Wednesday, 23 September 2015

Microfossil of the Month - Globigerina Ooze

A bit of a geoscience themed iPhone micrograph for September (I am getting quite good at this iPhone down the eyepiece photo taking thing). Yes, there really is a sediment called ooze...Globigerina ooze! Archaeologists are probably aware that much of our global scale climate reconstructions come from the isotopic analysis of deep sea sediment cores, and Globigerina ooze is one of these sediments. Huge areas of the ocean floor are covered in this stuff, which consists largely of the shells of various foraminifera, of which the species Globigerina bulloides is the most common. The shells of these little creatures are composed of calcium carbonate (CaCO3) and it is the oxygen component of this that is used for oxygen isotope analysis in the reconstruction of temperature in the past. The name Globigerina ooze was first used to describe the sediment during planning and construction of the earliest transatlantic telegraph cables. They are very delightful looking little things, and although we don't really come across them much in archaeology, they do turn up occasionally in building materials for example, and it is useful to be able to distinguish them from other microfossils such as diatoms and pollen. And even though archaeologists don't work on deep sea cores, we certainly rely on the climate data from these analyses. In order to understand climate and environmental change on archaeological timescales, we must understand the wider context of global environmental change in the Quaternary.

Wednesday, 16 September 2015

Ochre in Orkney

Oh the excitement! Today I received a parcel from Earthslides, with 20 new thin section samples from the Ness of Brodgar. These samples were collected in 2014 and are mostly from the Trench T midden. Although I don't yet have the kit in place to do a proper analysis, I couldn't resist having a quick peek with my old Swift scope. The level of complexity is daunting - so may fine layers of stratigraphy hidden within layers that appear relatively homogeneous in the field. But already I can see something interesting things - layers of burnt peat,  a very large amount of burnt bone, and even a tiny fragment of red ochre pigment, about 2mm in diameter. This pigment has been found in various contexts in Orkney (and elsewhere around the world), for example Gordon Childe at Skara Brae found containers of pigment he interpreted as 'paint pots'.  At the Ness it is thought that the pigment was ground down and used as a paint for the stone walls in buildings. Behold my attempts at taking photos down the eyepiece with my iPhone camera - sorry about all the reflections, but you get the idea!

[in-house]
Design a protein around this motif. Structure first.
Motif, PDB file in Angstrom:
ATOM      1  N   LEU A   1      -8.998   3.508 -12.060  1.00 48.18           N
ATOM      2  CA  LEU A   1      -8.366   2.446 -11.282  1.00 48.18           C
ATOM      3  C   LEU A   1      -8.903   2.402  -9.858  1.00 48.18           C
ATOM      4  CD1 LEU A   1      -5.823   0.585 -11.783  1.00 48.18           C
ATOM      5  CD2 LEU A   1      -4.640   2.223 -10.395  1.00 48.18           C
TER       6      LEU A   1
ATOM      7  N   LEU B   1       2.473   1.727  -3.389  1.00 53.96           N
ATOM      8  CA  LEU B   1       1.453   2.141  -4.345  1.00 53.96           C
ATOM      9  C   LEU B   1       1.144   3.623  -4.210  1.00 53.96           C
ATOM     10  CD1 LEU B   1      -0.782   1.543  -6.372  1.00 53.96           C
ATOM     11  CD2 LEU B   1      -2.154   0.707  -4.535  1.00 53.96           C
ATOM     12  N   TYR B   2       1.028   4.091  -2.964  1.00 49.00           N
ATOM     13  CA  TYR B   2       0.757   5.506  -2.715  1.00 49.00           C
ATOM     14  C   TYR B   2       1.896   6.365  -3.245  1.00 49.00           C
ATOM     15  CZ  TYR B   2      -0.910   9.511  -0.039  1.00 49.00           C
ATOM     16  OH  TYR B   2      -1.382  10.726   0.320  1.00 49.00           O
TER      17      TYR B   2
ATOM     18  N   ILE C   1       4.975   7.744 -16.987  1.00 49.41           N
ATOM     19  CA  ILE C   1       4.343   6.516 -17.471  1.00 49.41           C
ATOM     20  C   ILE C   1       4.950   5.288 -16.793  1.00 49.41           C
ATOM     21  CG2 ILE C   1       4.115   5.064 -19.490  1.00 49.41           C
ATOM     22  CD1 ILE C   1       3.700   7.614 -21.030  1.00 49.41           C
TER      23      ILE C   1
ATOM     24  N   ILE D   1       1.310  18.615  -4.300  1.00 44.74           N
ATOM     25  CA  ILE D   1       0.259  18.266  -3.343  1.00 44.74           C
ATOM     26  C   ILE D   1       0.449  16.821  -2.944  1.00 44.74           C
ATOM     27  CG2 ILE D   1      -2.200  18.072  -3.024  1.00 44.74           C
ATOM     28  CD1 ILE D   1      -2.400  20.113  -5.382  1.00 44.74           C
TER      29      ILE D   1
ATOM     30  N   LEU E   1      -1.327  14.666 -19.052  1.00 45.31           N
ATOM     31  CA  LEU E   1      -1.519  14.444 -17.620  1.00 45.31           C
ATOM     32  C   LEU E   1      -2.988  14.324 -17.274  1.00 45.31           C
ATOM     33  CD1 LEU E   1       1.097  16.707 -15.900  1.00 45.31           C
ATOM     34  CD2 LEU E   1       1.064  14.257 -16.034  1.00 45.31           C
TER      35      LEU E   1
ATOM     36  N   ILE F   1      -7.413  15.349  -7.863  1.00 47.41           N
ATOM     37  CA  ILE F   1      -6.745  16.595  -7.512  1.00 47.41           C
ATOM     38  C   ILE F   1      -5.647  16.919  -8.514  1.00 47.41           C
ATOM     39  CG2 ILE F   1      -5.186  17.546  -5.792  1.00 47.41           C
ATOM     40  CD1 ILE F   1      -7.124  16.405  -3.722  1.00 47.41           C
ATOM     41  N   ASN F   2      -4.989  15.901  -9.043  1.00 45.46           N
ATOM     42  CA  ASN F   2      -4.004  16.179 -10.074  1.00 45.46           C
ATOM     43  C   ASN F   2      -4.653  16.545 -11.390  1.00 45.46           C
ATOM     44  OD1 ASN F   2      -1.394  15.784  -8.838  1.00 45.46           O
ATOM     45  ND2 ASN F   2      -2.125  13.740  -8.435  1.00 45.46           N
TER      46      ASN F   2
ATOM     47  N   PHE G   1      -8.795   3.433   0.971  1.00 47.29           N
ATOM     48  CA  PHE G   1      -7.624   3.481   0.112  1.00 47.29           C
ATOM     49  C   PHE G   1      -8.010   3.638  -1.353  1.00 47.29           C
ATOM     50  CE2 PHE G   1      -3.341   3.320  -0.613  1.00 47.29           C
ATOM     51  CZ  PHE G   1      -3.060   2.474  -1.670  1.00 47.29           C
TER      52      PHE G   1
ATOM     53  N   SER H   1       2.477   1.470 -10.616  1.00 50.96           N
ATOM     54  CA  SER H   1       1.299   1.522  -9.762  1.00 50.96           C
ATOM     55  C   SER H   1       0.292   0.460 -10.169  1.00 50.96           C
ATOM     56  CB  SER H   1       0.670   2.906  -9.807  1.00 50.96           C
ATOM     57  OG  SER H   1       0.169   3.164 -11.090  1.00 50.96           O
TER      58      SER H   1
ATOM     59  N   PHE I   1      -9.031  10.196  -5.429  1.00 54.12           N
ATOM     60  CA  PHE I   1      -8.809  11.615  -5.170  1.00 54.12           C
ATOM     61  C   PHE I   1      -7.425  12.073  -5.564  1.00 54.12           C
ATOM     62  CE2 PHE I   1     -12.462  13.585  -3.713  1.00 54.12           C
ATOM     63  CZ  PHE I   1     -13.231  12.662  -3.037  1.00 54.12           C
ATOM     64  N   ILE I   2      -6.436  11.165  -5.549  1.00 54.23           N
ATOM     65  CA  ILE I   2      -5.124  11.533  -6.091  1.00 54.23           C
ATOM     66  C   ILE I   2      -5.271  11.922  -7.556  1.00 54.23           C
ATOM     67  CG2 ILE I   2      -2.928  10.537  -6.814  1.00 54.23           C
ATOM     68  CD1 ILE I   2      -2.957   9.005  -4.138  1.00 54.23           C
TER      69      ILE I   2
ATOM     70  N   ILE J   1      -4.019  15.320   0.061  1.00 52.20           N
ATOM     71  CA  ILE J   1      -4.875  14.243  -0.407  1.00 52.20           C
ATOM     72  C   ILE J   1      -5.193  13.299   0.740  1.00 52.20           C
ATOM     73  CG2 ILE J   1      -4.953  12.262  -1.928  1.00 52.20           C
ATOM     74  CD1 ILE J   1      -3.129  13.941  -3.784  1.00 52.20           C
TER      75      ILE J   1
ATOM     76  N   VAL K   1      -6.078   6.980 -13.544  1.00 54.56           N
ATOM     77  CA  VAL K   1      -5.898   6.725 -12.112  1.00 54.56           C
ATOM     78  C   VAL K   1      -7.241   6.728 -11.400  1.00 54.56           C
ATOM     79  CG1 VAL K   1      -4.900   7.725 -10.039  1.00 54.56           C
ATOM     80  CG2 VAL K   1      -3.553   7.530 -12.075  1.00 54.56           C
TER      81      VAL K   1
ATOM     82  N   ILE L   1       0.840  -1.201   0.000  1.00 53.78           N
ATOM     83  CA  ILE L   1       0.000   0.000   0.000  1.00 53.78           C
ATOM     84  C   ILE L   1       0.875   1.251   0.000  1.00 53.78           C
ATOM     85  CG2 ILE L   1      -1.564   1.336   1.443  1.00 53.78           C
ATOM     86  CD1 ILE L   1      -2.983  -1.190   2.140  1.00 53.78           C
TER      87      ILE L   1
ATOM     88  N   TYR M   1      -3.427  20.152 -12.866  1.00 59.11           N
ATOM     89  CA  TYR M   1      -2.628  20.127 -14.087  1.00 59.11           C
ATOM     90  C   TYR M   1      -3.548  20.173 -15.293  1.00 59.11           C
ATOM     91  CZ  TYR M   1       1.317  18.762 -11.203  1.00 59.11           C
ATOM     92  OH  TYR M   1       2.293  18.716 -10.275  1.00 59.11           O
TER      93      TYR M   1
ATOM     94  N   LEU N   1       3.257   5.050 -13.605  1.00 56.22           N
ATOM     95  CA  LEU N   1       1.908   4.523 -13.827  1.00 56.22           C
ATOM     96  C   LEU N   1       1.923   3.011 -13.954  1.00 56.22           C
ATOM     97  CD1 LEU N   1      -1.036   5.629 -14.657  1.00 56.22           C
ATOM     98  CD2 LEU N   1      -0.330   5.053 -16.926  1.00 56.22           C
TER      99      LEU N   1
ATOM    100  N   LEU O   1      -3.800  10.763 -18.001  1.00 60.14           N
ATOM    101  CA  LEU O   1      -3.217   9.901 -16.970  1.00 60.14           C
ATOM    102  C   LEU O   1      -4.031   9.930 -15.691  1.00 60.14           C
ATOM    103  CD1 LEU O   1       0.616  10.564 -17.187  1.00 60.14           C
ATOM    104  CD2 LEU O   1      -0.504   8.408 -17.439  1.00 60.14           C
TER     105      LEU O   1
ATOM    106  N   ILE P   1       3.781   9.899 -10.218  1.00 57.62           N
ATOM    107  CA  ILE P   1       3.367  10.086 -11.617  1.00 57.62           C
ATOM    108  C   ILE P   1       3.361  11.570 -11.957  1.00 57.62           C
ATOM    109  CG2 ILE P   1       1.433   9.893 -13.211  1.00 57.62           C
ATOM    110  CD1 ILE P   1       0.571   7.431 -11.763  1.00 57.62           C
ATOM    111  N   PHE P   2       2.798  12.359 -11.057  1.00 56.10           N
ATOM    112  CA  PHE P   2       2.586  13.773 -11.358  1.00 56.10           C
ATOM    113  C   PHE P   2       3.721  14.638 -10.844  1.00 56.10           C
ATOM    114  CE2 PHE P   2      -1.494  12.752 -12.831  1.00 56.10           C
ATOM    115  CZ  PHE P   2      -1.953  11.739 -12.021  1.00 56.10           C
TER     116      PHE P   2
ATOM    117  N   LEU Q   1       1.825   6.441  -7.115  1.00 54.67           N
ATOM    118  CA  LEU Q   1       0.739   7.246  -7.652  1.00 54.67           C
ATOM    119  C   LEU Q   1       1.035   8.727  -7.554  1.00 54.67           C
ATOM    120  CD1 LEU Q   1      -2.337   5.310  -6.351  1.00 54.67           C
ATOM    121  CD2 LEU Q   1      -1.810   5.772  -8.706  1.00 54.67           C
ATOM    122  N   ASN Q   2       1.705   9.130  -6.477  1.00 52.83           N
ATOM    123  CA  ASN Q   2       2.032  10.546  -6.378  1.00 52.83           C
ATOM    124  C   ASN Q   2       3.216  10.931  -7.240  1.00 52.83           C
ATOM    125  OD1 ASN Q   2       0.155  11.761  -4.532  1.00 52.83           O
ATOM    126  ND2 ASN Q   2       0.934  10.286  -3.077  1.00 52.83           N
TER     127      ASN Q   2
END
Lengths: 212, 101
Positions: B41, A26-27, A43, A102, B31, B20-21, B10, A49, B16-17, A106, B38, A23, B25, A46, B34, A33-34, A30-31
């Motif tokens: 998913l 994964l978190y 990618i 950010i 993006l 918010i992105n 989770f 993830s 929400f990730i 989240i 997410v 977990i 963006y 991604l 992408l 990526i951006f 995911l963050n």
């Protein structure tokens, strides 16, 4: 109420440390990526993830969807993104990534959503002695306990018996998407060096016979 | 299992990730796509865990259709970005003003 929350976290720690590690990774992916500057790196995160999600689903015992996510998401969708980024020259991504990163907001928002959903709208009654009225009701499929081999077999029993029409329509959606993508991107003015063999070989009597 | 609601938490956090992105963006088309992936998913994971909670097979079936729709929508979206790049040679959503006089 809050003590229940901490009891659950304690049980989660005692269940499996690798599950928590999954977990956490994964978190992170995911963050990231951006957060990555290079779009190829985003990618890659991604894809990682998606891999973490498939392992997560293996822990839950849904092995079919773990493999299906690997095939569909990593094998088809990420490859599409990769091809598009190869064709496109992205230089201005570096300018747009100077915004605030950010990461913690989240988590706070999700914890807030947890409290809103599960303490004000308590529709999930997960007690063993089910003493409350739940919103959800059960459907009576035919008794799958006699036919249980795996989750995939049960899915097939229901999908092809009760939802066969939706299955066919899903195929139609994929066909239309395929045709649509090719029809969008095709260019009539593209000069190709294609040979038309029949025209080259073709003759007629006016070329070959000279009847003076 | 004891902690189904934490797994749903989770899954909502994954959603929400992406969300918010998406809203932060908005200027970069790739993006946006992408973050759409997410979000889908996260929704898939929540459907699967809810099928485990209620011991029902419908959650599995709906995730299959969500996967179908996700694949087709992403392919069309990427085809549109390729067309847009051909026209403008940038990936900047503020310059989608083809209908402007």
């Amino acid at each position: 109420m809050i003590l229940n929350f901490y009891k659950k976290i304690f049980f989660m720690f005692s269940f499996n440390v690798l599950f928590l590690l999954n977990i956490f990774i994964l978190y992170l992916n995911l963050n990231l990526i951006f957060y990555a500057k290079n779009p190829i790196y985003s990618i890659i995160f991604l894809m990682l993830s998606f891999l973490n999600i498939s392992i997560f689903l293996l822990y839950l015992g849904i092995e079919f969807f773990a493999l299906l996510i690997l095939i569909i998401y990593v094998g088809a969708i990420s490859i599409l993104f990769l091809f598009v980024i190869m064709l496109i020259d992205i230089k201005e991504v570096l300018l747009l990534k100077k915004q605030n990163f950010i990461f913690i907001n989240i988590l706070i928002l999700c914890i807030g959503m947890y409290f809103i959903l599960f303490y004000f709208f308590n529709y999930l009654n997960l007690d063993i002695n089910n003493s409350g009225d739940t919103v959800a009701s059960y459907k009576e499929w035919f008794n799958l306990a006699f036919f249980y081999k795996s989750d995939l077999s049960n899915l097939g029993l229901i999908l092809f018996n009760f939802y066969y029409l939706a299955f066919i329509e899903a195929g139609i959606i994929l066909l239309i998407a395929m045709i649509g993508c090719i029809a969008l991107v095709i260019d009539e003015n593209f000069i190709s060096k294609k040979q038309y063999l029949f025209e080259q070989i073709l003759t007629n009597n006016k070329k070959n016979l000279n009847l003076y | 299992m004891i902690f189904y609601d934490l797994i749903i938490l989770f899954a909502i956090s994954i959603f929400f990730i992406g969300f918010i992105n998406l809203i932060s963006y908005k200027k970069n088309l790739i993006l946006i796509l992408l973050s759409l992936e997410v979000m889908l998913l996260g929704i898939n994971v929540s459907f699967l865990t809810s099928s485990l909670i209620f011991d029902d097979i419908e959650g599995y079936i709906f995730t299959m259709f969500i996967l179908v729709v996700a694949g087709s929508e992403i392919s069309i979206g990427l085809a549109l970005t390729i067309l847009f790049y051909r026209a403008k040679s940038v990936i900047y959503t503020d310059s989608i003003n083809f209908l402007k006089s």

Tuesday, 8 September 2015


Like many archaeologists, and people in general, I am deeply saddened by the ongoing destruction of cultural heritage in Syria, and the plight of the people who have become refugees. Every time there is a new horror story in the news, I've been going back to my photographs from the time I spent in Syria in 2010. I didn't have time to go and see Palmyra, and it saddens me that I will never get the chance now. What saddens me more is that I have no way of knowing what has happened to the Syrians I met while I was working there. The lovely guy who helped me with my paperwork at the border crossing from Turkey, and made sure I got on the right bus to get to Baniyas. The lovely family I met, who gave me a Syrian pop music CD and a carved cowry shell. The shopkeepers at Al-Hamidiyah Souq who sold me olive soap and beautiful inlaid boxes. The local man who showed me around Margat castle - we couldn't communicate well as he had no English and I have even less Arabic, but we somehow managed with smiles and gestures, and he asked me to take his photo. To think that only 5 years ago they were just ordinary people going about their day to day lives, and how quickly their world has been torn apart. I am bloody awful at taking photos when I'm away doing archaeology. I have folders full of soil section photos and only a handful with actual people in them. I wish I'd stayed in touch, instead of assuming I would just see them again next field season. I hope they have managed to find somewhere safe. I wish there was more I could do. I found this blog useful that suggests some of the things that we can do to help Syrian refugees.